Chapter 64. The man in the red cloak
The despair of Athos had given place to a concentrated grief which only rendered more lucid the brilliant mental faculties of that extraordinary man.
Possessed by one single thought–that of the promise he had made, and of the responsibility he had taken–he retired last to his chamber, begged the host to procure him a map of the province, bent over it, examined every line traced upon it, perceived that there were four different roads from Bethune to Armentieres, and summoned the lackeys.
Planchet, Grimaud, Bazin, and Mousqueton presented themselves, and received clear, positive, and serious orders from Athos.
They must set out the next morning at daybreak, and go to Armentieres–each by a different route. Planchet, the most intelligent of the four, was to follow that by which the carriage had gone upon which the four friends had fired, and which was accompanied, as may be remembered, by Rochefort’s servant.
Athos set the lackeys to work first because, since these men had been in the service of himself and his friends he had discovered in each of them different and essential qualities. Then, lackeys who ask questions inspire less mistrust than masters, and meet with more sympathy among those to whom they address themselves. Besides, Milady knew the masters, and did not know the lackeys; on the contrary, the lackeys knew Milady perfectly.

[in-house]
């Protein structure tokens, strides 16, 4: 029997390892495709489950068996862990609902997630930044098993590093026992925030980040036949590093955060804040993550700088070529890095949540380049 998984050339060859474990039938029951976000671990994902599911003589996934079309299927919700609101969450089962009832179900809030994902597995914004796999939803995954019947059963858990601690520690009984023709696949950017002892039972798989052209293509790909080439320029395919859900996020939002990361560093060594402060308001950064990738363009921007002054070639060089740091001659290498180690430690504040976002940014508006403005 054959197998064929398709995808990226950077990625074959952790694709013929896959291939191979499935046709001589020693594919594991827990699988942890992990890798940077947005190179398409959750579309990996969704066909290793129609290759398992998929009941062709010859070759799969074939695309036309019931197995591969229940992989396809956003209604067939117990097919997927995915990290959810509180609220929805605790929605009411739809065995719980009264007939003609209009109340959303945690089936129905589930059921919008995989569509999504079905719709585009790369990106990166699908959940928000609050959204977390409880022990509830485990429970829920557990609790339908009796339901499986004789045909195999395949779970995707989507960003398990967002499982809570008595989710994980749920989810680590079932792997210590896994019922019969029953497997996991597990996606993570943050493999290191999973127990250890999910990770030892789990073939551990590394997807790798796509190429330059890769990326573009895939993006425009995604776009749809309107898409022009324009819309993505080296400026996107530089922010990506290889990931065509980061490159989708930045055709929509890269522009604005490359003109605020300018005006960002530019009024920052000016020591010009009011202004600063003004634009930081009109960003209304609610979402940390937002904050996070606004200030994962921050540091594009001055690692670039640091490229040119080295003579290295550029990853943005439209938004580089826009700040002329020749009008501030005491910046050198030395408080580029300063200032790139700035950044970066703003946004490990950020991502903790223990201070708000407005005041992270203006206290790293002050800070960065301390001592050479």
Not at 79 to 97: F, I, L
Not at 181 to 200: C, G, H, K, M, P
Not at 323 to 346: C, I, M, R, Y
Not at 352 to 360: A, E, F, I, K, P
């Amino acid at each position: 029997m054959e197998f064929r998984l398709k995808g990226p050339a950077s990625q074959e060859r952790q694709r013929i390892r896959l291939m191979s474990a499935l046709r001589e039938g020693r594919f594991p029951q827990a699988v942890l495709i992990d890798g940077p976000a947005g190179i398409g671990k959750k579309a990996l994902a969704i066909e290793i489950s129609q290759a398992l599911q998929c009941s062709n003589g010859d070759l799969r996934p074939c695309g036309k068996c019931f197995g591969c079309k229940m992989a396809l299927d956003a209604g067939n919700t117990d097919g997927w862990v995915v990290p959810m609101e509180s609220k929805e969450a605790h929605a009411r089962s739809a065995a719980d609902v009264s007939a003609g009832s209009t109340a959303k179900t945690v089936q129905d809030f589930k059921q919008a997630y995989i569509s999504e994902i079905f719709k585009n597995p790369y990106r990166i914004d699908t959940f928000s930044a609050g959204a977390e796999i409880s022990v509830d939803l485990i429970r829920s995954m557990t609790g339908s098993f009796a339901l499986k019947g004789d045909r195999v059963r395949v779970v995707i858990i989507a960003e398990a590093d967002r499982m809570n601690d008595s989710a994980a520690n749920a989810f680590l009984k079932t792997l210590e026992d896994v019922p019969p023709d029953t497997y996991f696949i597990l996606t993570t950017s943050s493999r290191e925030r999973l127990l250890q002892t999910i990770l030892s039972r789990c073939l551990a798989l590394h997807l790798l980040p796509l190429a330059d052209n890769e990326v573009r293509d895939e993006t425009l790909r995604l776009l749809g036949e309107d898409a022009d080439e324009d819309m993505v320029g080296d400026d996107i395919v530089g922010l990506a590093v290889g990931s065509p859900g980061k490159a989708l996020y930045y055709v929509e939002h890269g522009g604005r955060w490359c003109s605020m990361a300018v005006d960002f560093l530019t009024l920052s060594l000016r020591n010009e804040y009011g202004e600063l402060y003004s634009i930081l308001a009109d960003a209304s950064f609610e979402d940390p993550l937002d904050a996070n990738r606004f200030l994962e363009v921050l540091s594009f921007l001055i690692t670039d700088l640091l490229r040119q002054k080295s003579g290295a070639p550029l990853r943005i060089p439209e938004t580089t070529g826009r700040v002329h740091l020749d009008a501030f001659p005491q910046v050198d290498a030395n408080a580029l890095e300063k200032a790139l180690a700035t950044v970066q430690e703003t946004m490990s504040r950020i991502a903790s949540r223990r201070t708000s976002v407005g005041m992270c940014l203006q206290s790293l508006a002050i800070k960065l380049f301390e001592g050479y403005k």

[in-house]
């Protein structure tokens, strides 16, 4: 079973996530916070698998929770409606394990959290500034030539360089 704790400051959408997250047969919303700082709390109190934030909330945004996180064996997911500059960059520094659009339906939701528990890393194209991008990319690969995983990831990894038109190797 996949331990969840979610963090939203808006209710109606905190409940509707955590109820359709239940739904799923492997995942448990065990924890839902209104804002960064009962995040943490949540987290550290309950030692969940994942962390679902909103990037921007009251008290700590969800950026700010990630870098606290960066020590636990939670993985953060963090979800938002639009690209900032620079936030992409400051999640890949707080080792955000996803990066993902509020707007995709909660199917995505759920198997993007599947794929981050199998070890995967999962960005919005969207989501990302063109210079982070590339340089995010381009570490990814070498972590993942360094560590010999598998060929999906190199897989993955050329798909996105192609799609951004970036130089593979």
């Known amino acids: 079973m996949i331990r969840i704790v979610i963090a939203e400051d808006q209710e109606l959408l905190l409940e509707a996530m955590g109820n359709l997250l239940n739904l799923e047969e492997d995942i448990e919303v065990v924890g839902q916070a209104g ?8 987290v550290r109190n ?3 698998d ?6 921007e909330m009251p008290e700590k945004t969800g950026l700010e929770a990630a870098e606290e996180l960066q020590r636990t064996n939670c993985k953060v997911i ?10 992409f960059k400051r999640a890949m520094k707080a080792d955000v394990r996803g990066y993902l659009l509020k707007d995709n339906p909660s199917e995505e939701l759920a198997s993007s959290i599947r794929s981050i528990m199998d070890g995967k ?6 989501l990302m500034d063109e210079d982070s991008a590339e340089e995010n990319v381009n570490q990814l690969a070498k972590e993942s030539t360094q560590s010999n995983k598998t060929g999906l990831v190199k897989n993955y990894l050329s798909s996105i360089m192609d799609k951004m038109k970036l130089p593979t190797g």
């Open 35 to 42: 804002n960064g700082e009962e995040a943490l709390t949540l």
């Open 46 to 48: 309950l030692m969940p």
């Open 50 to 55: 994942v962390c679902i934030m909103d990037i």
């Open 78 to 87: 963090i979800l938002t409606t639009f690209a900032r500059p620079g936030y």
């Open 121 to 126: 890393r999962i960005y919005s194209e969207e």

All four were to meet the next day at eleven o’clock. If they had discovered Milady’s retreat, three were to remain on guard; the fourth was to return to Bethune in order to inform Athos and serve as a guide to the four friends. These arrangements made, the lackeys retired.
Athos then arose from his chair, girded on his sword, enveloped himself in his cloak, and left the hotel. It was nearly ten o’clock. At ten o’clock in the evening, it is well known, the streets in provincial towns are very little frequented. Athos nevertheless was visibly anxious to find someone of whom he could ask a question. At length he met a belated passenger, went up to him, and spoke a few words to him. The man he addressed recoiled with terror, and only answered the few words of the Musketeer by pointing. Athos offered the man half a pistole to accompany him, but the man refused.
Athos then plunged into the street the man had indicated with his finger; but arriving at four crossroads, he stopped again, visibly embarrassed. Nevertheless, as the crossroads offered him a better chance than any other place of meeting somebody, he stood still. In a few minutes a night watch passed. Athos repeated to him the same question he had asked the first person he met. The night watch evinced the same terror, refused, in his turn, to accompany Athos, and only pointed with his hand to the road he was to take.